Great post Duarte, you’ve highlighted a big problem and disturbing trend in basketball. The NBA is definitely paying attention, but to this point has been unable to identify solutions that appease all stakeholders (im assuming all players would be in favor of fewer games until it started to trickled down to their own personal bottom line).
Many of the smartest executives and players in the league have resorted to strategic resting of players as a means to mitigate the injury bug. Old-school basketball purists attribute this to millenials being “soft” or “pampered”, but there is something bigger at play here. I have no scientific data to back this up, but I think the tremendous improvements in player training and player performance have actually contributed to more injuries. Men and women now run faster, jump higher, react quicker than ever before. Players who are seven feet tall run around like little point guards and athletes like Russell Westbrook look like they are playing with rocket boosters in their shoes. Ironically, I think this amazing improvement in players’ athletic ability has led to their bodies being put in more precarious situations. When your body is being required to do more and more amazing things, and you are competing against bigger, stronger, faster, opponents, it follows that you see more injuries. In football, as players get continue to evolve and get stronger the hits become more dangerous. Likewise in basketball, as players are jumping higher and contorting their bodies in unimaginable ways, the stress being put on joints is scary.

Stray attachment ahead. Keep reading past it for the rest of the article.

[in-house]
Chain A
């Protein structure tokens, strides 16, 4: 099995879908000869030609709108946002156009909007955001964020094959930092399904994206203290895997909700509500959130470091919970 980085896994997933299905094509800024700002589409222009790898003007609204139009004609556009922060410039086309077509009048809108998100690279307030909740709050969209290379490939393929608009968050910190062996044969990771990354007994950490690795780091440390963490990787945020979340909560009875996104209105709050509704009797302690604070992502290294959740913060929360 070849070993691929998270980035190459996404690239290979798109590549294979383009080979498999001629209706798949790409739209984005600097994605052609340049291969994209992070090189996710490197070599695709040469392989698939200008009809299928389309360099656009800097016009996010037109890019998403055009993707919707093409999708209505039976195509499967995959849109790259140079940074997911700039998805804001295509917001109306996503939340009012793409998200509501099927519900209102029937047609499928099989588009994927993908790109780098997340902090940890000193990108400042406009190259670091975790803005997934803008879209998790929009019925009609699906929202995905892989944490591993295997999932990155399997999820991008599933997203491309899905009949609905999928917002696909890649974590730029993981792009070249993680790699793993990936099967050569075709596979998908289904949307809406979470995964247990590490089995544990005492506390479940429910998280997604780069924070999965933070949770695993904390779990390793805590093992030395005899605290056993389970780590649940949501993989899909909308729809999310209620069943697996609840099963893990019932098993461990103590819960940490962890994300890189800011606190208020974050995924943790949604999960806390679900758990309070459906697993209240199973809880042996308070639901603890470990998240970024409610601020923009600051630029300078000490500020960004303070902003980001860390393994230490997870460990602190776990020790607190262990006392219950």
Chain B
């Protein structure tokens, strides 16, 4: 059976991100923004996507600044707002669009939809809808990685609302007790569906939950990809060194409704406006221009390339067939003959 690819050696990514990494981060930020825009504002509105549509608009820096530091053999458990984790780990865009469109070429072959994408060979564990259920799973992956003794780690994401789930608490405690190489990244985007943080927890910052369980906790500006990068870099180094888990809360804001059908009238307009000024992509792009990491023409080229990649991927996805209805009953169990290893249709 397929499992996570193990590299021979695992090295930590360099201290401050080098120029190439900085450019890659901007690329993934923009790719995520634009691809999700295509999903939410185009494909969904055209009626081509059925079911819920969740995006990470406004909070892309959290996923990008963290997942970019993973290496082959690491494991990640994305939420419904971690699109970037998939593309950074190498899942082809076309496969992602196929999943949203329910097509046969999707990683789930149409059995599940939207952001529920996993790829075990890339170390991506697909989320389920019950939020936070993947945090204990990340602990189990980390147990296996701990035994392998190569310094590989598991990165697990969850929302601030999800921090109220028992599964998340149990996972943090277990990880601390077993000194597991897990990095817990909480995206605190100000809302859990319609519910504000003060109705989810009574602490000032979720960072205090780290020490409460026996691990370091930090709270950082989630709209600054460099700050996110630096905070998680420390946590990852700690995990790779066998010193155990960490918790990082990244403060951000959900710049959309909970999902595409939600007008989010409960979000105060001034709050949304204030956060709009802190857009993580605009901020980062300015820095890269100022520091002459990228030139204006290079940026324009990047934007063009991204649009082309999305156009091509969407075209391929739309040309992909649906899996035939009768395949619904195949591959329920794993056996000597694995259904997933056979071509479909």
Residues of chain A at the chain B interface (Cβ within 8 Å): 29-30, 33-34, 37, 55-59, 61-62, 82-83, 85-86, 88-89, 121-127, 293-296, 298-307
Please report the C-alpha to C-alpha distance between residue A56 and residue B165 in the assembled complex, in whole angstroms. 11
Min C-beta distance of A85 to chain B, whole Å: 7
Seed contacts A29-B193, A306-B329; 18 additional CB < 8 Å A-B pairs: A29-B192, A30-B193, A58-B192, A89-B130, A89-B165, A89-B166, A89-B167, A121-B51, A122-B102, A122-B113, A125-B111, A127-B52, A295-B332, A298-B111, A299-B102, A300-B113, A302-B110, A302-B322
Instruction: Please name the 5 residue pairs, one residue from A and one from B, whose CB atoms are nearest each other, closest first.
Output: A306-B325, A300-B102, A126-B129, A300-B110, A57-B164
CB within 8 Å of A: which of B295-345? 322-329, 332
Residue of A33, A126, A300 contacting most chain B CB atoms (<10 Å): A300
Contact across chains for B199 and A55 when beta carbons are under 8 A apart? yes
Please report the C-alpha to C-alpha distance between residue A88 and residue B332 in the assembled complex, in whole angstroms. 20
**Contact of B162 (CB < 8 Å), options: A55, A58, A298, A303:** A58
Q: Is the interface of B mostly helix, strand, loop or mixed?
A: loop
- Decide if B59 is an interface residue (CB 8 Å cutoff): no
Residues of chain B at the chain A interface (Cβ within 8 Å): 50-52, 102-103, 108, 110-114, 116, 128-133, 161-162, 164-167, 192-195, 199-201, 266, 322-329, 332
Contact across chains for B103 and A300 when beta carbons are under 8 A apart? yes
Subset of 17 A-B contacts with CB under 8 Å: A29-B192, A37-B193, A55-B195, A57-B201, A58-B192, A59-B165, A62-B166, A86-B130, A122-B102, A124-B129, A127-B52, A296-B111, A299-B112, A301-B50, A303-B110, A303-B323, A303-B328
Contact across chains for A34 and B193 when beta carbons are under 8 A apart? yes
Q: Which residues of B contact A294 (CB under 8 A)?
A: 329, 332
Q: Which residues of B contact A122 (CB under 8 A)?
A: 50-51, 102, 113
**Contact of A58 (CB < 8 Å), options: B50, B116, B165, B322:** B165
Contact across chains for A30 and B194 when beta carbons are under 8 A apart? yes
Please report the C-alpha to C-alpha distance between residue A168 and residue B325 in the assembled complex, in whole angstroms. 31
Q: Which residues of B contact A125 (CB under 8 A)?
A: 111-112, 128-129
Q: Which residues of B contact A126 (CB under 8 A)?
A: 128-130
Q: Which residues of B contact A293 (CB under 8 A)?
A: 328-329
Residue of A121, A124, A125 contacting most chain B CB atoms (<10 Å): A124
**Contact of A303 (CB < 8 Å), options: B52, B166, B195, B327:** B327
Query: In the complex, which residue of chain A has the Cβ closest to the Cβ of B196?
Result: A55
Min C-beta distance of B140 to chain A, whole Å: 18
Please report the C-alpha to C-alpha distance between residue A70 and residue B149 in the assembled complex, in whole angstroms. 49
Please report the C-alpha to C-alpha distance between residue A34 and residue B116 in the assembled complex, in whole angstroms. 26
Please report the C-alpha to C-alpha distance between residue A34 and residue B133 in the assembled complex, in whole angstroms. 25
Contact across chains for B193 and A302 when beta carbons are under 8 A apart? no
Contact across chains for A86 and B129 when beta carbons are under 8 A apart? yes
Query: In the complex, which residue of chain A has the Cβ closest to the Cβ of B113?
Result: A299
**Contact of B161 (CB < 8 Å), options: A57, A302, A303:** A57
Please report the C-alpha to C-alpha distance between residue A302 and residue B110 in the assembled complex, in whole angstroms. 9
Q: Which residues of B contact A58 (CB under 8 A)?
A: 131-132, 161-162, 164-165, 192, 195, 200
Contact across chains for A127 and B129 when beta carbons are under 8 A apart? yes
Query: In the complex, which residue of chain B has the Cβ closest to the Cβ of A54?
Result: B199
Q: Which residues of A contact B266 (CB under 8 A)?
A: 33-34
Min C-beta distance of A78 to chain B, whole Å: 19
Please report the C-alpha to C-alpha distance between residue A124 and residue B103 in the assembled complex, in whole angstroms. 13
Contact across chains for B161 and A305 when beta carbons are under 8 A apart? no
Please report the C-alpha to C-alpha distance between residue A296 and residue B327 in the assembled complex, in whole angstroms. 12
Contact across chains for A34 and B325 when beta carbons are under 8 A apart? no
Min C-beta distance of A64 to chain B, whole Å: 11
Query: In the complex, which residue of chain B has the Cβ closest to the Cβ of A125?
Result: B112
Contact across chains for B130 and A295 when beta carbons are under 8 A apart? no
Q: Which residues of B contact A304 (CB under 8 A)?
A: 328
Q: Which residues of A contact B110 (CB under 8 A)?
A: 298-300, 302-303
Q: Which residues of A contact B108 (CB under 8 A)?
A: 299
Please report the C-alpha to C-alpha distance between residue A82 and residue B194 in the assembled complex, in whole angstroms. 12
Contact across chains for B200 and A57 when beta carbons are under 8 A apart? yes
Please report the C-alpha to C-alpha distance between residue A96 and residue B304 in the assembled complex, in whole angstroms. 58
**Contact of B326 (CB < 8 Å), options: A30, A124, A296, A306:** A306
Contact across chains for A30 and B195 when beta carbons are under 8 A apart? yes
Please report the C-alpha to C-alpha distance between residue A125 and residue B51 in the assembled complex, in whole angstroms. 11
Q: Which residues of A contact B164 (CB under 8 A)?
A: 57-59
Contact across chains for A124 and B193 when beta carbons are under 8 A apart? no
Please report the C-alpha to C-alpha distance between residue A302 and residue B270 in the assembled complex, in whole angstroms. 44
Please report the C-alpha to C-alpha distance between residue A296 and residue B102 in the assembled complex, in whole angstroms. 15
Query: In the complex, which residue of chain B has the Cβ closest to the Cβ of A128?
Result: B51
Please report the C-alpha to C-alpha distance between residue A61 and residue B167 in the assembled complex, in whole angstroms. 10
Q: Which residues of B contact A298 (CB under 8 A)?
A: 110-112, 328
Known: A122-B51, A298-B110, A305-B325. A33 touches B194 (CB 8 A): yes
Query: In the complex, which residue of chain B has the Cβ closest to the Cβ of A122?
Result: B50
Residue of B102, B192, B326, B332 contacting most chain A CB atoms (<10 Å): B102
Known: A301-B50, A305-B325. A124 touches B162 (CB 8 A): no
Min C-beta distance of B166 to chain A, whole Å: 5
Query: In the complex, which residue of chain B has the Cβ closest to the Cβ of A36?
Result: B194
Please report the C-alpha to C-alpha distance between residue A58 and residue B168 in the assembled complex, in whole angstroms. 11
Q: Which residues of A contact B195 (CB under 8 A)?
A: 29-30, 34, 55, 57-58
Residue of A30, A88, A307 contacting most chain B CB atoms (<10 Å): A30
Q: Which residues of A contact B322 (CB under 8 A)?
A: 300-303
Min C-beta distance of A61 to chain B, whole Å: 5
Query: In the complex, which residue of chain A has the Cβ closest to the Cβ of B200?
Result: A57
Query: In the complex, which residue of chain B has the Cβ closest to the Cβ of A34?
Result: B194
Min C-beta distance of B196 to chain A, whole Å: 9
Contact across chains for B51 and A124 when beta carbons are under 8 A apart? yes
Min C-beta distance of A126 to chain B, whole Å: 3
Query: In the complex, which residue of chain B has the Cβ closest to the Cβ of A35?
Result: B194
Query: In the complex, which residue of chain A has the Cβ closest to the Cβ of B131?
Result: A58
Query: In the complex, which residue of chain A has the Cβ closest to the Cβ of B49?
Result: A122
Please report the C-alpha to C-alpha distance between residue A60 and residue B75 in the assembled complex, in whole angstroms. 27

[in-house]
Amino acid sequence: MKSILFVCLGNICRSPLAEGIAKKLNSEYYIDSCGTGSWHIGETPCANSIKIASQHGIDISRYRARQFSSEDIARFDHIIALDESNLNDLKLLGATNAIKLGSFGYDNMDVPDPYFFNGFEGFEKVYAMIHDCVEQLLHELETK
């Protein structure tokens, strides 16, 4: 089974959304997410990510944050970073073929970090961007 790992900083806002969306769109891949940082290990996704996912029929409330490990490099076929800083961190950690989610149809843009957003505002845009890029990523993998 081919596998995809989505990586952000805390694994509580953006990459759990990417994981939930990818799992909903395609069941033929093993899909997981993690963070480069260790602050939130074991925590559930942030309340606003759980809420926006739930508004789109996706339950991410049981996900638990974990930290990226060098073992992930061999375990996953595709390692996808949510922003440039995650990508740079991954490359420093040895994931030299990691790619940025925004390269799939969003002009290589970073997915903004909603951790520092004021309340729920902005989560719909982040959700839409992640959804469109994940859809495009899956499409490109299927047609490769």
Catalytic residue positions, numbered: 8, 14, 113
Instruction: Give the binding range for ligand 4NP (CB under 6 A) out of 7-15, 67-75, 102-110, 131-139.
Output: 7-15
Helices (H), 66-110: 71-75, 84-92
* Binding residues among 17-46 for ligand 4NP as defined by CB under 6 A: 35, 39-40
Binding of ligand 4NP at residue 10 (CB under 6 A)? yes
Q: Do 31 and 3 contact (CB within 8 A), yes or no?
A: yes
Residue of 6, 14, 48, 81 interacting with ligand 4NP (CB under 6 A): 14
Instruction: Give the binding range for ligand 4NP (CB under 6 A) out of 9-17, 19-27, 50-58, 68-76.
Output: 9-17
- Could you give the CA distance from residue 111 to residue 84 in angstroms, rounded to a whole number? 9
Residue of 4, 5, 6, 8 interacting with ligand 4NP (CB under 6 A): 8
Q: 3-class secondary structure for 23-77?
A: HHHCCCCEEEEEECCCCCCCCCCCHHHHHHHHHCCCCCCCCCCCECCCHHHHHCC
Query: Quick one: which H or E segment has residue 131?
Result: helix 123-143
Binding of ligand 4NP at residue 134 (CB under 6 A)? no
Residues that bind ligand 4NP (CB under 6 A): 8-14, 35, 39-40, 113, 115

There is no doubt that a number of factors make you more prone to injury (lack of rest, diet, travel, overuse, etc). And then when you start to combine all of those factors together, the level of risk becomes really high. I believe if players and coaches were able to see visible, quantifiable indicators of this risk – we would have fewer injuries. I certainly wish my coach had this type of data.
Great post Zach – I’ve been following this closely and you did a great job of touching on all the major issues.
Specifically focusing on one of your first recommendation, I think you may have highlighted ESPN’s hubris. Shows like SportsCenter are what made ESPN, but as you said they are becoming less and less valuable. We consume media in such a variety of ways and there is so much great content out there – it is really difficult for ESPN to differentiate in sports commentary or any other non-live sports media. They need to be willing to pull the plug on anything – even if that thing is what vaulted them to greatness.
I too think their partnership with Tencent is a really smart one, and likewise what they have done with MLB digital. ESPN needs to leverage their considerable capital advantages and invest heavily to own as much of the live-sporting event viewing process as they can.